Did Mamleev cheat? Probably, he practically admitted so concerning the last loop of the race. Does he deserve the bronze medal - he would've definitely deserved it 5-10 years ago when he was really good. I haven't seen (correct me if I'm wrong) any result in the last couple of years from him which have indicated Woc-medal form, but maybe he was peaking. Should he be disqualified - that's the tough one, and the IOF haven't disqualified anyone for following yet - and it's a big step for them when they do... There's always a few cases at Woc of following and this isn't the first case of a medal being won by someone who ran with the winner (at least Berger in 1999).

Show Profile  mick finn Posted: 25 August 2009, 1:27 AM  
Oops, long night, fixed that Keith thanks..

There really needs to be an invisible cameraman out there following these guys and keeping an eye on them. I suspect they stop for a bit of a picnic every now and then. Possibly a drop of the finest champagne too - I believe there should be camelbak testing as well as sex testing at all events. On the latter Trinny and Susannah have volunteered to do both A and B tests (corresponding to left and right sides I guess). While there are several primary scchools about to be closed whose students are keen to test the sports drinks and the chocolate bars.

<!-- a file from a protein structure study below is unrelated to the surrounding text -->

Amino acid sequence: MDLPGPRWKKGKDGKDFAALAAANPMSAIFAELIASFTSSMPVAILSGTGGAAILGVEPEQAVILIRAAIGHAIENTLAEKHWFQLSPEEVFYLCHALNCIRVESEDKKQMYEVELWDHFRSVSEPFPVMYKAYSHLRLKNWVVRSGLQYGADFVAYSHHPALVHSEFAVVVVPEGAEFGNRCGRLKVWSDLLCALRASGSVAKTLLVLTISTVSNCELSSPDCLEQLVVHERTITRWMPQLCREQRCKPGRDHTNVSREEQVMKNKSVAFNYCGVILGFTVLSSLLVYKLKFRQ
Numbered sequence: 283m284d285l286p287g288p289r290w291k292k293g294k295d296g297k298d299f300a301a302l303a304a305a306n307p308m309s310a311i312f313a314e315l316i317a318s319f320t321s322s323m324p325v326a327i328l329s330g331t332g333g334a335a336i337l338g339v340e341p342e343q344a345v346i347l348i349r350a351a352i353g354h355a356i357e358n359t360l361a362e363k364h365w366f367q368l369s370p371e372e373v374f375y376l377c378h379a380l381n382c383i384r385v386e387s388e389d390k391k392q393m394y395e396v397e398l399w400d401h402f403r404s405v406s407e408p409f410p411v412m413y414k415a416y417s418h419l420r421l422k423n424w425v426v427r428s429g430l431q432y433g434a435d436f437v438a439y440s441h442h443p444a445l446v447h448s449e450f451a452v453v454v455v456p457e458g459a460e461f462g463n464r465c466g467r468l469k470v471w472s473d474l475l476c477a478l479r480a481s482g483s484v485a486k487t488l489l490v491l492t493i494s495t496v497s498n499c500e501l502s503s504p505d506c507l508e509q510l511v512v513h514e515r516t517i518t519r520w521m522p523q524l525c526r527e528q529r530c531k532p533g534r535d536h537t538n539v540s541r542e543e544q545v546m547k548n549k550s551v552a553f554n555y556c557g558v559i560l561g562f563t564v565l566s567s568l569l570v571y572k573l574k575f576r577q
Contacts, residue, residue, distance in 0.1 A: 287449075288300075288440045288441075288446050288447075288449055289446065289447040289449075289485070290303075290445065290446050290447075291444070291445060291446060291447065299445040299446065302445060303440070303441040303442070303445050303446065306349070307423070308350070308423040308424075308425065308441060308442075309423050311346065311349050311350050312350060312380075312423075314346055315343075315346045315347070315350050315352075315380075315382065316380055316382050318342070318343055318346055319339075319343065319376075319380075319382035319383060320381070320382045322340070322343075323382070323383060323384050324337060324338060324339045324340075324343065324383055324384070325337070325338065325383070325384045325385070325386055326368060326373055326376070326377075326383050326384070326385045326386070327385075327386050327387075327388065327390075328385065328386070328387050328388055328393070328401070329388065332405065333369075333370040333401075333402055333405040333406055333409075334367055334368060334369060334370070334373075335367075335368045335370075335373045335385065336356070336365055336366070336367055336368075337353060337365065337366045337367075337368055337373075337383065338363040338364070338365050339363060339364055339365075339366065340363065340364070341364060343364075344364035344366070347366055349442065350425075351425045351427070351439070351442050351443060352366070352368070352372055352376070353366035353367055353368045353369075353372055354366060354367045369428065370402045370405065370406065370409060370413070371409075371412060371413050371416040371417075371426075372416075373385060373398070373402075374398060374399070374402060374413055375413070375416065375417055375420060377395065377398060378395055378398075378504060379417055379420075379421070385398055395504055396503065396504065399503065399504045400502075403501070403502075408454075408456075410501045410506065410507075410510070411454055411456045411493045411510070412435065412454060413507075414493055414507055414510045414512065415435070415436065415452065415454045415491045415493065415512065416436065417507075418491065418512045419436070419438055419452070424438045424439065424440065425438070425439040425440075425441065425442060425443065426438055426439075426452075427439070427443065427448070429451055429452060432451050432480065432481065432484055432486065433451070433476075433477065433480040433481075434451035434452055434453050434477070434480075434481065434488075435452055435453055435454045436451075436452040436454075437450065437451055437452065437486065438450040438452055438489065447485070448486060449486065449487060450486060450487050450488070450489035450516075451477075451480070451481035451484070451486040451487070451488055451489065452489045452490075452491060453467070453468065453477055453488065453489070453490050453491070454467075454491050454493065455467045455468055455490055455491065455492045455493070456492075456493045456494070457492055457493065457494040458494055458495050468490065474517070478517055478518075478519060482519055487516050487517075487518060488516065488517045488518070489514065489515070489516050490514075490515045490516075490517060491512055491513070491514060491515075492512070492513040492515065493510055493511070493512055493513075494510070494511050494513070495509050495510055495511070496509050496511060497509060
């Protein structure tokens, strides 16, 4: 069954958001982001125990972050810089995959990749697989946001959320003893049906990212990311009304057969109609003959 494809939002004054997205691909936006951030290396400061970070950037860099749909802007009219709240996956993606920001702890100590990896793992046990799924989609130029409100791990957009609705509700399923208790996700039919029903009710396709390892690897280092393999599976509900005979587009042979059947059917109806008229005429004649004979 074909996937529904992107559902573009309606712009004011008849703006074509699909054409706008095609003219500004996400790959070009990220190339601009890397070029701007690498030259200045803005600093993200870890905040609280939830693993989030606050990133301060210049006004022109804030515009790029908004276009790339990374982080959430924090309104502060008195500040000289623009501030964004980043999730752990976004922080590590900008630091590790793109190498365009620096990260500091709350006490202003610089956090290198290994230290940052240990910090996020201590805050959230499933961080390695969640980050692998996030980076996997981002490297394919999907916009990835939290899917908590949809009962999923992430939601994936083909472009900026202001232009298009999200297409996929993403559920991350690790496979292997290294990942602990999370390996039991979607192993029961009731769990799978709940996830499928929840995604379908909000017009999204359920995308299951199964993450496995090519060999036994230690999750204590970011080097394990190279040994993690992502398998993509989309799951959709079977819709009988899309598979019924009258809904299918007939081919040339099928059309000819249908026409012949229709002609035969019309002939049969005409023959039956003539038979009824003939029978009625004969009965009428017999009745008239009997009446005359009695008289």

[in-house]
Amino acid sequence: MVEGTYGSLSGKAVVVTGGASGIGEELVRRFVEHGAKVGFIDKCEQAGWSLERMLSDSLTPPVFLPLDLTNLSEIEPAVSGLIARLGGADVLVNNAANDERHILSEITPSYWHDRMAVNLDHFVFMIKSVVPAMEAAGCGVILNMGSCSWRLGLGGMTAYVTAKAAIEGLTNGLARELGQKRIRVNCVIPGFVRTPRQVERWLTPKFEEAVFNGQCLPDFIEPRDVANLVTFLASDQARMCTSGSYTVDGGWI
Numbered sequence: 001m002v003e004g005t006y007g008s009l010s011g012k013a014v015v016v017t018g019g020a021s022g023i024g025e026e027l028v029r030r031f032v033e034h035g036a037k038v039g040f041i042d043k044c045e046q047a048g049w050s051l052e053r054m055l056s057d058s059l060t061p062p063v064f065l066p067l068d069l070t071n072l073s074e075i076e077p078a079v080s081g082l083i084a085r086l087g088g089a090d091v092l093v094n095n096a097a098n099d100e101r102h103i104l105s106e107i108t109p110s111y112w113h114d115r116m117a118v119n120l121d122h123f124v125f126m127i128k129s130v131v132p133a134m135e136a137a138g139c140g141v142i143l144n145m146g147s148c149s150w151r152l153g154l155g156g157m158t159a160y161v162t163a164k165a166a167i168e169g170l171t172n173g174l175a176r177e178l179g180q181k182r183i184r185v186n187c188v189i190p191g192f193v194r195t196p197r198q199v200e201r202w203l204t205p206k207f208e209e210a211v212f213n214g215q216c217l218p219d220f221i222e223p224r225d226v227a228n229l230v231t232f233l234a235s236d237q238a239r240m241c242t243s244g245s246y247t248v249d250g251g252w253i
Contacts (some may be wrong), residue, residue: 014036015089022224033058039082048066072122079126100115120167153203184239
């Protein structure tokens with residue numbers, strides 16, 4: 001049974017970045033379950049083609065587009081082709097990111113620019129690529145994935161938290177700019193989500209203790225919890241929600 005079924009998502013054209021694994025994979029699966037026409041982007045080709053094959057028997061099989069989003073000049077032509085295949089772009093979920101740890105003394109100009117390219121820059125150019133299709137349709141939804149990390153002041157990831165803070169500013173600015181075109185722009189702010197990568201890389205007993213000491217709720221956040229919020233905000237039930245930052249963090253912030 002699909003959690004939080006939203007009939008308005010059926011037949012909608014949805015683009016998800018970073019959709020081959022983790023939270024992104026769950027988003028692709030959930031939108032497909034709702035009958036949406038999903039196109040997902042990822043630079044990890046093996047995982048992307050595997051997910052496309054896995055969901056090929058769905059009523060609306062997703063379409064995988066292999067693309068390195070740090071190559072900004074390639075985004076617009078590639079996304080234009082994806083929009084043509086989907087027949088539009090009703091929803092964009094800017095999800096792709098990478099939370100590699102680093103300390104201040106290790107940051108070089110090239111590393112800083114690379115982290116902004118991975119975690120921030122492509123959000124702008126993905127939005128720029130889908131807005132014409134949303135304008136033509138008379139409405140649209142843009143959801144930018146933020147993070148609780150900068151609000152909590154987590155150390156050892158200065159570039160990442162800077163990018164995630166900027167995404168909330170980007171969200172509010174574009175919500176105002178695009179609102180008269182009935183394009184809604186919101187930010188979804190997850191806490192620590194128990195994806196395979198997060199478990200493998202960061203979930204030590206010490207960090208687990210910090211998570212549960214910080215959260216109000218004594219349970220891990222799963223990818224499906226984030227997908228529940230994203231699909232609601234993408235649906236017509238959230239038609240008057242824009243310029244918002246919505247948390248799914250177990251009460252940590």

And we all know the gps tracking is just a random blip generator attached to a sine curve. How dumb do they think we are? And paying for it. Ha.

Show Profile  Alistair Posted: 25 August 2009, 1:27 AM  
Kl.>> To be honest I didn't think Haldin was in medal form either - that 4th place must be his best race in years. His peaking certainly worked!

Show Profile  Alistair Posted: 25 August 2009, 1:30 AM  
You paid for that Mick?! 10mins of checking WoO made me realise to leave the plastic in my wallet last week.

Show Profile  mick finn Posted: 25 August 2009, 1:41 AM  
No mate, I struggle (well my computer does actually) to follow the free service, except when its in Scandinavia or Japan.